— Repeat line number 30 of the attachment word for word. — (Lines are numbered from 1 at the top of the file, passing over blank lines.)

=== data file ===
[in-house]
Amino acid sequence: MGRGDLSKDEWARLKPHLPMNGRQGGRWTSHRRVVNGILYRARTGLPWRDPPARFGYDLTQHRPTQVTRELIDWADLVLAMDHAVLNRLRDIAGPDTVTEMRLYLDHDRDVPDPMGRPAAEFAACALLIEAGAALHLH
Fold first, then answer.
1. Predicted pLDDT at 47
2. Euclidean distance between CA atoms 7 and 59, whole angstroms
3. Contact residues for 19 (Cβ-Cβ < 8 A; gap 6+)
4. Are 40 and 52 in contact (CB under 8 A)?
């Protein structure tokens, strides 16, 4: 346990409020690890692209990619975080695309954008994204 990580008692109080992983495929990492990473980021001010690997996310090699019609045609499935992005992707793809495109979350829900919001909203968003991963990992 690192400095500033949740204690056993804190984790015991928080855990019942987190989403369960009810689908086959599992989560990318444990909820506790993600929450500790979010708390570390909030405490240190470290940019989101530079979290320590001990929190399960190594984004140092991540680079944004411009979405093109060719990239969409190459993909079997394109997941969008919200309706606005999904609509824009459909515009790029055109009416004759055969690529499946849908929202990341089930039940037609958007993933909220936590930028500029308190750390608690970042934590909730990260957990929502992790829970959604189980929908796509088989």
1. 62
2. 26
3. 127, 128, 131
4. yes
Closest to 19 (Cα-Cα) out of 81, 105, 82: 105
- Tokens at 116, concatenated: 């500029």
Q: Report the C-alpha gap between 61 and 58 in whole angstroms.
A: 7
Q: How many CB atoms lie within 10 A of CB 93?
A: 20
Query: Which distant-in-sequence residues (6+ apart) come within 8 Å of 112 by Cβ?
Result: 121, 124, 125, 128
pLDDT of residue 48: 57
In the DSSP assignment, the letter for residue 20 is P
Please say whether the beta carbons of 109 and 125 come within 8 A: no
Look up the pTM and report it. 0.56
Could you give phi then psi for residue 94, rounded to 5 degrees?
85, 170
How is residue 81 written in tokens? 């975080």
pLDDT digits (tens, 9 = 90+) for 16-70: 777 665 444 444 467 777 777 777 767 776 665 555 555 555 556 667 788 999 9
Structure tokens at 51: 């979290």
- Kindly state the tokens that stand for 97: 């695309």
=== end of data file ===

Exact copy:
- Kindly state the tokens that stand for 97: 């695309």